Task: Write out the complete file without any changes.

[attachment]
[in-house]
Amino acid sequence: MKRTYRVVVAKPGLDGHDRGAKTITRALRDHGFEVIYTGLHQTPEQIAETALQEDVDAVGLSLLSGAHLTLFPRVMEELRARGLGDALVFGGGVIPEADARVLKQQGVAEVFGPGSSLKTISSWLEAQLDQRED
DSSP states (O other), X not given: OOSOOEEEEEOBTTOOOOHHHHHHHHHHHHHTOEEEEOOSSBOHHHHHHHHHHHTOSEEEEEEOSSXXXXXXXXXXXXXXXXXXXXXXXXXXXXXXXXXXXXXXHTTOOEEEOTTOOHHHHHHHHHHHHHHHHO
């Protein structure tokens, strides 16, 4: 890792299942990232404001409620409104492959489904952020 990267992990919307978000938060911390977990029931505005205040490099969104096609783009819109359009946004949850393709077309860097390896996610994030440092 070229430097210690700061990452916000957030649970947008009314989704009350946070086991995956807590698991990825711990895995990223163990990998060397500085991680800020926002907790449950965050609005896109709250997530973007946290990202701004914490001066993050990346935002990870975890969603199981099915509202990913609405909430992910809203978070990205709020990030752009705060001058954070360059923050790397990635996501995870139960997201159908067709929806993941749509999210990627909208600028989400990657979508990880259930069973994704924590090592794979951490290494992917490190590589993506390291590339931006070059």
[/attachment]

[in-house]
Amino acid sequence: MKRTYRVVVAKPGLDGHDRGAKTITRALRDHGFEVIYTGLHQTPEQIAETALQEDVDAVGLSLLSGAHLTLFPRVMEELRARGLGDALVFGGGVIPEADARVLKQQGVAEVFGPGSSLKTISSWLEAQLDQRED
DSSP states (O other), X not given: OOSOOEEEEEOBTTOOOOHHHHHHHHHHHHHTOEEEEOOSSBOHHHHHHHHHHHTOSEEEEEEOSSXXXXXXXXXXXXXXXXXXXXXXXXXXXXXXXXXXXXXXHTTOOEEEOTTOOHHHHHHHHHHHHHHHHO
């Protein structure tokens, strides 16, 4: 890792299942990232404001409620409104492959489904952020 990267992990919307978000938060911390977990029931505005205040490099969104096609783009819109359009946004949850393709077309860097390896996610994030440092 070229430097210690700061990452916000957030649970947008009314989704009350946070086991995956807590698991990825711990895995990223163990990998060397500085991680800020926002907790449950965050609005896109709250997530973007946290990202701004914490001066993050990346935002990870975890969603199981099915509202990913609405909430992910809203978070990205709020990030752009705060001058954070360059923050790397990635996501995870139960997201159908067709929806993941749509999210990627909208600028989400990657979508990880259930069973994704924590090592794979951490290494992917490190590589993506390291590339931006070059």